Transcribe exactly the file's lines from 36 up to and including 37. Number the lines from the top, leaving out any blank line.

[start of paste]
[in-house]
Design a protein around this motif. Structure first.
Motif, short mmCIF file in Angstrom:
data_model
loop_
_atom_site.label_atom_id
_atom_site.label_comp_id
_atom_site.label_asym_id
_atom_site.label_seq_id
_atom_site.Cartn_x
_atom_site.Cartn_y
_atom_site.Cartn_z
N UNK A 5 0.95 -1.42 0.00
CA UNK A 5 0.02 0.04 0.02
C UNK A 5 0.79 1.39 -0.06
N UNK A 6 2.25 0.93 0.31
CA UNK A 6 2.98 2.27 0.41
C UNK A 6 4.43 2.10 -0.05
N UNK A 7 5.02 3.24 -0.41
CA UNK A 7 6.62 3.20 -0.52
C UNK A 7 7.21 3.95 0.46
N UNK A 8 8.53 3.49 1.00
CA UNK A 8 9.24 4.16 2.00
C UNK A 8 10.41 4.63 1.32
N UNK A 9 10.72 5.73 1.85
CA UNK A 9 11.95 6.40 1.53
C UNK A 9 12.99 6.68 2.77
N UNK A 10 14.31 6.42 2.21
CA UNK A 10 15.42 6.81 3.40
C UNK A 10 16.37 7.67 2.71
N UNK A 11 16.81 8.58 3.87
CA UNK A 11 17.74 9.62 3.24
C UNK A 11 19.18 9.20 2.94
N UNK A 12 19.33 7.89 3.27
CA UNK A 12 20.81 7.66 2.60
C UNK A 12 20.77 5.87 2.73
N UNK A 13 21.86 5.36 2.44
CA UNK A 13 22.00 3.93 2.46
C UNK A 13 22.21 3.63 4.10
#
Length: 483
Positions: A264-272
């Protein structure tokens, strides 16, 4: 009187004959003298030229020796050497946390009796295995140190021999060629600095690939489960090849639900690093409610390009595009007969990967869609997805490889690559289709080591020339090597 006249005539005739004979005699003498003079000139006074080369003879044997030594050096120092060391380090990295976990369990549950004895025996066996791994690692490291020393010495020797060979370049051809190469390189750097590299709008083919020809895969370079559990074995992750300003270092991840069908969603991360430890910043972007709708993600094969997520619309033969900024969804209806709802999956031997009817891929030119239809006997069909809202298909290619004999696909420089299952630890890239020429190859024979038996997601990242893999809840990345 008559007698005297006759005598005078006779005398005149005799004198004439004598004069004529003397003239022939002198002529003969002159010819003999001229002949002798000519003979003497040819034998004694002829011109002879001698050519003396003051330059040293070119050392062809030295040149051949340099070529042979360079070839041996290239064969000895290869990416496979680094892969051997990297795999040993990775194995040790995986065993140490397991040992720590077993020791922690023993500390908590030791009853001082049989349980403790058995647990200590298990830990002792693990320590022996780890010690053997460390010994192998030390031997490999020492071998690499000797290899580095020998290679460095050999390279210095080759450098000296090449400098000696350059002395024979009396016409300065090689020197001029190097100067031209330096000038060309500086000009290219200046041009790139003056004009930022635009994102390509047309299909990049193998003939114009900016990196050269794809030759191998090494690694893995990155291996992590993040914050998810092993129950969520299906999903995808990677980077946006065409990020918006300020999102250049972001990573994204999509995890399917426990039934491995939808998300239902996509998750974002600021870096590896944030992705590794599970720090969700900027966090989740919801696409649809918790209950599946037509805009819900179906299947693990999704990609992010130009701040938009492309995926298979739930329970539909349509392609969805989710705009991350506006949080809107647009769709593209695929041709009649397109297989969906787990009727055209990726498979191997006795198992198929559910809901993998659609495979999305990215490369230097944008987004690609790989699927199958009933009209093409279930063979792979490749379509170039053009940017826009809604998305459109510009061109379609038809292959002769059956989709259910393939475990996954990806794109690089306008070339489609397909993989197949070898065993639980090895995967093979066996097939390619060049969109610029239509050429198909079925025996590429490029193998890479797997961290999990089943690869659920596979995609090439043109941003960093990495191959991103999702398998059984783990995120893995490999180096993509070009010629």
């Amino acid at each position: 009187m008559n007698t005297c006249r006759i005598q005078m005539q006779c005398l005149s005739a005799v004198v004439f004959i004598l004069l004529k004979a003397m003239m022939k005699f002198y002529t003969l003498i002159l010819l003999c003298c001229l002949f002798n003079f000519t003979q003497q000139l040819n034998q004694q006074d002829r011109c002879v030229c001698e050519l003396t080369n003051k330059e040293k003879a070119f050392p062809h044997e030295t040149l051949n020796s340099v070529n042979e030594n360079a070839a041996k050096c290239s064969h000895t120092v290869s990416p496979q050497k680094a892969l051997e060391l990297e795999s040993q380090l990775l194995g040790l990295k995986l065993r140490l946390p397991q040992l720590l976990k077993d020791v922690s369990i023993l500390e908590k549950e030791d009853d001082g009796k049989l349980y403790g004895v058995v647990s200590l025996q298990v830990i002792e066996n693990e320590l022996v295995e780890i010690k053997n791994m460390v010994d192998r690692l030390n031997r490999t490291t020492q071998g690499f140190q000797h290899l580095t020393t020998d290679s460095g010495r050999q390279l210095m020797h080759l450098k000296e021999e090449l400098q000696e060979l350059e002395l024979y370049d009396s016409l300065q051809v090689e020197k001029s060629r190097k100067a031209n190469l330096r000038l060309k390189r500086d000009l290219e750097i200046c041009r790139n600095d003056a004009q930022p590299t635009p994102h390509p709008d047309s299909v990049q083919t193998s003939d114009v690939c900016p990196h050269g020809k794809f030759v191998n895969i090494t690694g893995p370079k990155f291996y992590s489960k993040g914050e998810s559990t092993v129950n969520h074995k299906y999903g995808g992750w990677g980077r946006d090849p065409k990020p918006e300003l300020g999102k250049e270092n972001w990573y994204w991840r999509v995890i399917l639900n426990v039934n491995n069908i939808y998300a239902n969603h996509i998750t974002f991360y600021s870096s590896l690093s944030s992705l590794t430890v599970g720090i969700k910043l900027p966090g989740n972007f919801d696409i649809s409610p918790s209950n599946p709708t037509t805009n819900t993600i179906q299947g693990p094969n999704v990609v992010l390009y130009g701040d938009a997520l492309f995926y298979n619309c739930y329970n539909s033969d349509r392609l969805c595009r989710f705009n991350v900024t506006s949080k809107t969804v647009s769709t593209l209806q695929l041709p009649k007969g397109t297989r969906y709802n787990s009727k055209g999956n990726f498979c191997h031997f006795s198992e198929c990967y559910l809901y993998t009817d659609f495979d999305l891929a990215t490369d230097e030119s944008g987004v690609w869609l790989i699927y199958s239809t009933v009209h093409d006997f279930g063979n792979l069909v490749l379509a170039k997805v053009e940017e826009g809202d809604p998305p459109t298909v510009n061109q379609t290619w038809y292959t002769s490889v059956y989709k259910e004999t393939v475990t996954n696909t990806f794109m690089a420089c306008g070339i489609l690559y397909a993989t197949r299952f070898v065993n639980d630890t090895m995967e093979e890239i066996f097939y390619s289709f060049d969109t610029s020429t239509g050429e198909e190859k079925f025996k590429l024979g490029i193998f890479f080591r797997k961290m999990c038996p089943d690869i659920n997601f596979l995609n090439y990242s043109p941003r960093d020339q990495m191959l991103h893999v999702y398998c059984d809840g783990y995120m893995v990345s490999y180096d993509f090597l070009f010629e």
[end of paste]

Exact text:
C UNK A 12 20.77 5.87 2.73
N UNK A 13 21.86 5.36 2.44